‘String figures are like stories; they propose and enact patterns for participants to inhabit, somehow, on a vulnerable and wounded earth.’  (Donna Haraway, Staying with the Trouble, 10)

NTGM002189Funded through the University of Nottingham’s Creative and Digital Research Priority Area, the project’s core aim is to explore the potential of immersive, community-led, heritage storytelling as a form of placemaking, what Martin Bashforth et al term ‘socialising heritage / socialising legacy’ (2017 85). The finalised immersive experience was exhibited in situ, in the Lace Market, Nottingham, using an immersive cube, developed by Mission Room Limited.
The two innovative areas of the project are the use of a VR Sprint to develop community-led content for the immersive experience (1st – 2nd December 2018), and the use of an immersive cube for the hosting of the final immersive experience (February 16th 2019). Both elements provide an innovative and unique approach to immersive placemaking and regional heritage VR experiences in the following ways:

(1) the exploration of community-led / participatory immersive placemaking and the ways VR Sprinting might offer an experiential methodology through which individual and collaborative content can be generated. In this way Lace2Place will significantly extend existing participatory heritage projects such as Bashforth et al (2017), Ridge (2014) and Cassidy (2015);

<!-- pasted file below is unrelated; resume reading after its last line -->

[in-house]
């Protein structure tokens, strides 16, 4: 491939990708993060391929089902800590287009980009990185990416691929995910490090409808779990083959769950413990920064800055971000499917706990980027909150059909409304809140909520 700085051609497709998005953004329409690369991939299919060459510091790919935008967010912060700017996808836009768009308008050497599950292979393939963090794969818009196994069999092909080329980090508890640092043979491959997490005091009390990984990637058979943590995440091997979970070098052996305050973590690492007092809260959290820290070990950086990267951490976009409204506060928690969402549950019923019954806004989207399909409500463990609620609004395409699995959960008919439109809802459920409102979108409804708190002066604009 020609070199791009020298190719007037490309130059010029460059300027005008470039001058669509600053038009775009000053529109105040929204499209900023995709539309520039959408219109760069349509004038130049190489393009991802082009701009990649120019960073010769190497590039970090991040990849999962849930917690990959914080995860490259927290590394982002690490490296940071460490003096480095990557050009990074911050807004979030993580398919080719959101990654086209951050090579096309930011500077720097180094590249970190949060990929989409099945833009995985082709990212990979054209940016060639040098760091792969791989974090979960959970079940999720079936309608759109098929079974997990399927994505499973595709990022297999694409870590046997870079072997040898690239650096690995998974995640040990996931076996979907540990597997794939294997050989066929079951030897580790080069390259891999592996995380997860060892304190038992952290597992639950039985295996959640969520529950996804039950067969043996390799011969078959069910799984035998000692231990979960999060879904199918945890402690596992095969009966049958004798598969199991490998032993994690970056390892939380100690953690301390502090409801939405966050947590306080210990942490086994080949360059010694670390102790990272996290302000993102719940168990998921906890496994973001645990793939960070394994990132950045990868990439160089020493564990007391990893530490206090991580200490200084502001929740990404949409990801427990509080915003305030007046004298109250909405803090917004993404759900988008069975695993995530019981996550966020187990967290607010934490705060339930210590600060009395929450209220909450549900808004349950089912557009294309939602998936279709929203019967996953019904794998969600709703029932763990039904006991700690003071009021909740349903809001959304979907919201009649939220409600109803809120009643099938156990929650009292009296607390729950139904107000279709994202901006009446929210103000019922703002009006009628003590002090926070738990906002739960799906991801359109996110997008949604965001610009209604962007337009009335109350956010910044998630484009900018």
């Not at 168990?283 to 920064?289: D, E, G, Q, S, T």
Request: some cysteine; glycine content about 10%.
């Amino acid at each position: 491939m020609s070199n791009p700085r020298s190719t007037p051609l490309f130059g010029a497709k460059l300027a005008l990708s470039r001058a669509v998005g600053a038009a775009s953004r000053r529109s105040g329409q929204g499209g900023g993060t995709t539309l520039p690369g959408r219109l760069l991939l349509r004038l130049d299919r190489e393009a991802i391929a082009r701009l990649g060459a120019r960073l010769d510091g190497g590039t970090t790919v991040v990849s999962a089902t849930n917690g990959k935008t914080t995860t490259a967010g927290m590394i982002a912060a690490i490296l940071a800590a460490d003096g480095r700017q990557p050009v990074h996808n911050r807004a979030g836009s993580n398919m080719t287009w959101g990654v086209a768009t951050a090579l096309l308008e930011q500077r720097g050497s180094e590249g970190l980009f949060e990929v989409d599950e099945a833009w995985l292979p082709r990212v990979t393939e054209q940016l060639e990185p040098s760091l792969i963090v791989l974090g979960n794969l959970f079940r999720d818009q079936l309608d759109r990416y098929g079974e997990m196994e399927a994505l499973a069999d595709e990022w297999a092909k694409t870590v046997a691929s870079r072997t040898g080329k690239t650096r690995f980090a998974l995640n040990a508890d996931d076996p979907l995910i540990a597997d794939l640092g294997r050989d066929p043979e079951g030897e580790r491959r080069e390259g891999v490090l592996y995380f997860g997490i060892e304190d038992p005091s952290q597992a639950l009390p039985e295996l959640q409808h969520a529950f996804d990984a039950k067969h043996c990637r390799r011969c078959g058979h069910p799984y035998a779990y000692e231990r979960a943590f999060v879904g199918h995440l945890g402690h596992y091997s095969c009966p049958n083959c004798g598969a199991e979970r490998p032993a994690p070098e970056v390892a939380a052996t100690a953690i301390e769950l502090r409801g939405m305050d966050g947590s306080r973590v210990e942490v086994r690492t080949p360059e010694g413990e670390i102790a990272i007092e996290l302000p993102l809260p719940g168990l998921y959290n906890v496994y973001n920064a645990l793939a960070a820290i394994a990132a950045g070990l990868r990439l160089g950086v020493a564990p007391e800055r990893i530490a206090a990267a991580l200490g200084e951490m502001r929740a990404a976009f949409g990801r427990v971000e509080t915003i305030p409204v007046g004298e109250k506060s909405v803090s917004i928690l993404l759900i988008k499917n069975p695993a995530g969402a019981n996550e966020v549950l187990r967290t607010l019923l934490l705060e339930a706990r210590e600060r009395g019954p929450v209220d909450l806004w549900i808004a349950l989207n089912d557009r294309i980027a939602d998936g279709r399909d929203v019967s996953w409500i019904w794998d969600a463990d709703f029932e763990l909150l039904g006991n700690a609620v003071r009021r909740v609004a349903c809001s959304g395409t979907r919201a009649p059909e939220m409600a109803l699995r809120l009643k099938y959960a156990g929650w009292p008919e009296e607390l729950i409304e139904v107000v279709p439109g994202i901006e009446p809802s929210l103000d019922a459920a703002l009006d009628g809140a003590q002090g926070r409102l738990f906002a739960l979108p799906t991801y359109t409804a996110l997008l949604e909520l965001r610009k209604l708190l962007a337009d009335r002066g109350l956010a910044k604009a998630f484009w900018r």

(2) the deepening of our current understanding of the creative affordance offered by immersive technology. Unlike a VR headset, the immersive cube allows 360 degree experiences to be shared concurrently by multiple users. Those within the cube can also handle physical objects; they can refer to material on a second screen such as a mobile phone; and they can talk and performatively interact with other users who are stood in the cube with them.

Alexenberg, M. The Future of Art in a Postdigital Age: From Hellenistic to Hebraic Consciousness. Bristol: Intellect, 2011.

Bashforth, M. et al. ‘Socialising heritage / socialising legacy’. Valuing Interdisciplinary Collaborative Research: Beyond Impact. Eds, Facer, K. and Pahl, K. Bristol: Polity Press, 2017, 85-106.

Berry, D. M. and Dieter, M. ‘Thinking Postdigital Aesthetics: Art, Computation and Design’. Postdigital Aesthetics: Art, Computation And Design. Eds, Berry, D. M. and Dieter, M. London: Palgrave Macmillan, 2015, 1-11.

Cassidy, L. ‘Salford 7/ District Six. The Use of Participatory Mapping and Material Artefacts in Cultural Memory Projects’. Mapping Cultures: Place, Practice, Performance. Ed. Roberts, L. London: Palgrave Macmillan, 2015, 181-198.

Ridge, M. Ed. Crowdsourcing Our Cultural Heritage. London: Routledge, 2014

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